Tuesday, February 2, 2021

Goggle Fogging

So, there I was, a brand new pair of goggles on a wet northwest ski day. The light was flat and there was a lot of fog. It was really hard to see.

The following day...? Crystal clear.

Don't let a wet day ruin your goggles!

But still, really hard to see.

At some point on the rainy ski day, water got in between the lenses of my goggles. And from that point forward, it was almost impossible to get the water out. The goggles were constantly fogging, regardless of the day's weather.

And thus began my quest to fix my new goggles.

Over the next several days, I tried a number of different fixes. Depending on the goggle brand and build, one of these may work better than another.

Let Them Dry Out in a Warm Area

The first and least consequential way of dealing with water between the lenses is to simply place the goggles in a warm dry place. For example, I left mine in the laundry room for a week between ski trips. They were not in a cold garage or left in my car.

It is possible to pop out the lens' in order to make it dry more quickly. Airflow will certainly be better. But I found that my lens'  did not go back in well. Indeed, they constantly popped out of the frame after I did this, adding insult to injury.

Note the mismatch between the lens and the frame in this picture.
This remains a problem to this day with this pair of Julbo Goggles.

The Rice Treatment

Many of you have used rice to get water out of a cellphone. The idea here is the same. Place the lens' -- sans frame -- into a bag or dried rice. Often this will suck out the moisture.

As noted above, the lens may not go back in properly once out.

The Dryer Treatment

The thing that ultimately worked the best, was to put the goggle frames into the goggle bag, then put them in the drying machine. I ran the dryer on medium heat for a half-an-hour, and when they came out, they were all fixed.

Later I did this with a different pair of goggles without taking the lens' out. It worked just fine and allowed me to avoid trying to get the lens back in.

It should be noted that many goggles are designed for multiple lens'. These models may not have the same problem with the lens going back in as those models that don't have this feature.

Non-Between-the-Lens Issue

Sometimes fogging takes place because of something a bit more common than water between the lenses.

1) It's not uncommon for people to put their goggles up on their wet helmet. Snow and water often gets into the goggles that way. This is where a lot of fogging issues start. 

2) Another common reason that goggles fog is if a face mask is tucked up under them. Your breath can fog them. This can be avoided by keeping the mask out of your goggles.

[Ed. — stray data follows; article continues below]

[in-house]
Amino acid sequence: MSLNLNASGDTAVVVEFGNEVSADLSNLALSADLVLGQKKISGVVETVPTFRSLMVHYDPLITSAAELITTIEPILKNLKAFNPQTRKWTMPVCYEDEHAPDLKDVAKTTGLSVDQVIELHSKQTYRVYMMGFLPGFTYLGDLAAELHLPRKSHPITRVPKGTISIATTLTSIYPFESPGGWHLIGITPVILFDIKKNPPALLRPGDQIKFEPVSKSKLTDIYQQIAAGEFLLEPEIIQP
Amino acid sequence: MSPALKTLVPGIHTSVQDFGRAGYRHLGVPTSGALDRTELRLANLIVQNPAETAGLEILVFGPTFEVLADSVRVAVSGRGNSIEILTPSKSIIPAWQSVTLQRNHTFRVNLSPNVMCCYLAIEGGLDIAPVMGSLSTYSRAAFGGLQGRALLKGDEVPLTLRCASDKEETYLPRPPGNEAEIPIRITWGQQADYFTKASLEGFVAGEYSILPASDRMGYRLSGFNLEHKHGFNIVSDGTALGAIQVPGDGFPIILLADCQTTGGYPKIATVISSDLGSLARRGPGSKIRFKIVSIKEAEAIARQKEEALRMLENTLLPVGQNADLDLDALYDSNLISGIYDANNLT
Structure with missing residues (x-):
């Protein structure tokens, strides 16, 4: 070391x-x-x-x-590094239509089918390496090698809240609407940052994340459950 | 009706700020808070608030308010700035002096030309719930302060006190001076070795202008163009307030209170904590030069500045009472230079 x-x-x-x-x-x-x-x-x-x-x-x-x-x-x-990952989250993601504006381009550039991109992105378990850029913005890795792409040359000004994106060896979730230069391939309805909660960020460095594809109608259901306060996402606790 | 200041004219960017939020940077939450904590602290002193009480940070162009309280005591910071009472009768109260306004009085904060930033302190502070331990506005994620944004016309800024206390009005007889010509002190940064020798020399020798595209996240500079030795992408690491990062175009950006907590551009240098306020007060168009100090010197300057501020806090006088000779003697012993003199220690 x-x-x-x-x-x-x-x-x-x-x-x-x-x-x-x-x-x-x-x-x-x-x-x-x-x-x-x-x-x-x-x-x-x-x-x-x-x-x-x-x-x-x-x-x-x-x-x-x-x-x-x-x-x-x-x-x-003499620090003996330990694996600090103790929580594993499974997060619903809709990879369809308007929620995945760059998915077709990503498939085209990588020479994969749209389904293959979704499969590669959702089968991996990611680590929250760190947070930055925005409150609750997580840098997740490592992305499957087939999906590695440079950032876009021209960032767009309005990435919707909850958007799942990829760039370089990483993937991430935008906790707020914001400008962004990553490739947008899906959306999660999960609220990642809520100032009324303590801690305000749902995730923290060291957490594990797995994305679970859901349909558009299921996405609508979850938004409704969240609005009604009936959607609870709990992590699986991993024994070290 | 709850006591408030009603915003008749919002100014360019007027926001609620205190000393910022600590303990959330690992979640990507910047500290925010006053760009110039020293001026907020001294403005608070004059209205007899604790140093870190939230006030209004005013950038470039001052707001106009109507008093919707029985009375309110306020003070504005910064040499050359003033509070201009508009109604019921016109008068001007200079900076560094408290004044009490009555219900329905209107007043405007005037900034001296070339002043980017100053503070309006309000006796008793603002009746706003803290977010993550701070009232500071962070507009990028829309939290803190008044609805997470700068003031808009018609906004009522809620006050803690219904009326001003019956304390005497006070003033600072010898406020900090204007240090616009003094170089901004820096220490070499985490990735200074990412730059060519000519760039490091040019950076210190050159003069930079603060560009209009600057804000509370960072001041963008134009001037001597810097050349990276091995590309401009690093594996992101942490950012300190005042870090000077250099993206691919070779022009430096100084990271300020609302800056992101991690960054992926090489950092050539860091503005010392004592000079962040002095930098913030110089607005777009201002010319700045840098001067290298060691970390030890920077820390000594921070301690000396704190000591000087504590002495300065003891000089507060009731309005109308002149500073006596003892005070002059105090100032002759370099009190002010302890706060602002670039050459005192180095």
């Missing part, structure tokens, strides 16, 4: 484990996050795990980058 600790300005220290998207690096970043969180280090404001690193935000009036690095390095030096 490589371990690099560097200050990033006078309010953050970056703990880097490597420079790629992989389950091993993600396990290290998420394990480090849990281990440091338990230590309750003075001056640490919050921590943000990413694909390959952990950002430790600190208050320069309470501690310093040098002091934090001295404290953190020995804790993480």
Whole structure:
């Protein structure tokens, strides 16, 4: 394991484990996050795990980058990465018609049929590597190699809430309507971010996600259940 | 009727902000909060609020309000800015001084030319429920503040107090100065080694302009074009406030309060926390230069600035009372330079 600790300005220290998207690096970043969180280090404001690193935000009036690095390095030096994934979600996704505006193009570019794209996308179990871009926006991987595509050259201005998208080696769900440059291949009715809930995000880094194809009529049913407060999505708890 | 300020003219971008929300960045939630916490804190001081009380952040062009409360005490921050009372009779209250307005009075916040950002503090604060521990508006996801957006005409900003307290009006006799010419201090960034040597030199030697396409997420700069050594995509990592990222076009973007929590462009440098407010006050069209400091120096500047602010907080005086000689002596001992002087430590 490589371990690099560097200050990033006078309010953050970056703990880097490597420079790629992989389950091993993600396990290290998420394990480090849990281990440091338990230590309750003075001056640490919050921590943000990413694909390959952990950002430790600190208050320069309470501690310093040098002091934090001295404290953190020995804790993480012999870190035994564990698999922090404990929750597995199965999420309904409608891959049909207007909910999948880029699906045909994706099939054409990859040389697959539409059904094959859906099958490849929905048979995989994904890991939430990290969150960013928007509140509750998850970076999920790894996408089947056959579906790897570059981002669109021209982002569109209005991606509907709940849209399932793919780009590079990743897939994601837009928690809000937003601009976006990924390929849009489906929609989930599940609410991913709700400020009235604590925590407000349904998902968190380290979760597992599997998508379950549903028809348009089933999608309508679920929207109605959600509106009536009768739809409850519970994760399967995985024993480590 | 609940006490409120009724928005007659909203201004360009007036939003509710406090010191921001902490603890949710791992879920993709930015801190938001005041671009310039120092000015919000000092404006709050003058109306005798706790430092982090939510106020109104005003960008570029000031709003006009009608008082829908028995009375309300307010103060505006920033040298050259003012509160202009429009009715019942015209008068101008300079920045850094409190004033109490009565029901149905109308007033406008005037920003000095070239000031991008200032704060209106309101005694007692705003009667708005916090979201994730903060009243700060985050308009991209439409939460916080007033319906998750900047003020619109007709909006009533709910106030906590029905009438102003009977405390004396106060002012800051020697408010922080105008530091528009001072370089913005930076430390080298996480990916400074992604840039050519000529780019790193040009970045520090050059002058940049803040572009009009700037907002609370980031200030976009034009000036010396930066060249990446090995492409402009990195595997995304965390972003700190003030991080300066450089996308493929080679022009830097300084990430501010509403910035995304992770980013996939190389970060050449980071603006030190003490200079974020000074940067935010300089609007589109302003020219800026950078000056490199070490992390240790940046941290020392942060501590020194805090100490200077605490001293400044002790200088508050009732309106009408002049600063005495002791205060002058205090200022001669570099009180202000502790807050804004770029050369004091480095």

3) This should be obvious, but after you fall down, make sure to clean snow off the goggles. Often snow gets plastered on the padding, which allows them to slowly get saturated as your body heat melts the snow.

4) Occasionally water drips down from above, and enters the goggle padding. A helmet with a visor can help reduce this particular problem.

5) If you're overdressed and you get hot on your descent, sweat and body heat can contribute to goggle fogging.

6) And finally, when all else fails, it's not a bad idea to have a backup pair...

Goggle Care

There are a few rules to keep in mind that will help decrease fogging issues.

1) Avoid rubbing water out of the goggles with your fingers or anything that is rough. It's best to try to shake them out. When you rub the lens, you can inadvertently rub off the anti-fogging agent that manufacturers apply.

2) When you aren't using them, it's best to keep your goggles in a place that is warm and dry. Extreme temperatures can cause them to wear out faster. Indeed, putting cold goggles on your warm face just causes fogging...so try to keep them at room temperature before use.

3) Don't store your goggles away somewhere where they can't dry off. Wet goggles should be treated like any other gear. Dry them, then store them...

Goggles are an essential part of a skier's kit. But if you can't see through them, they're essentially worthless. Take the time to buy a quality pair of goggles and then treat them well. Pay attention to them. They're just as important as any other piece of essential equipment.

--Jason D. Martin

1 comment:

Rich Siemer said...

Any experience or recommendations on anti-fog treatments?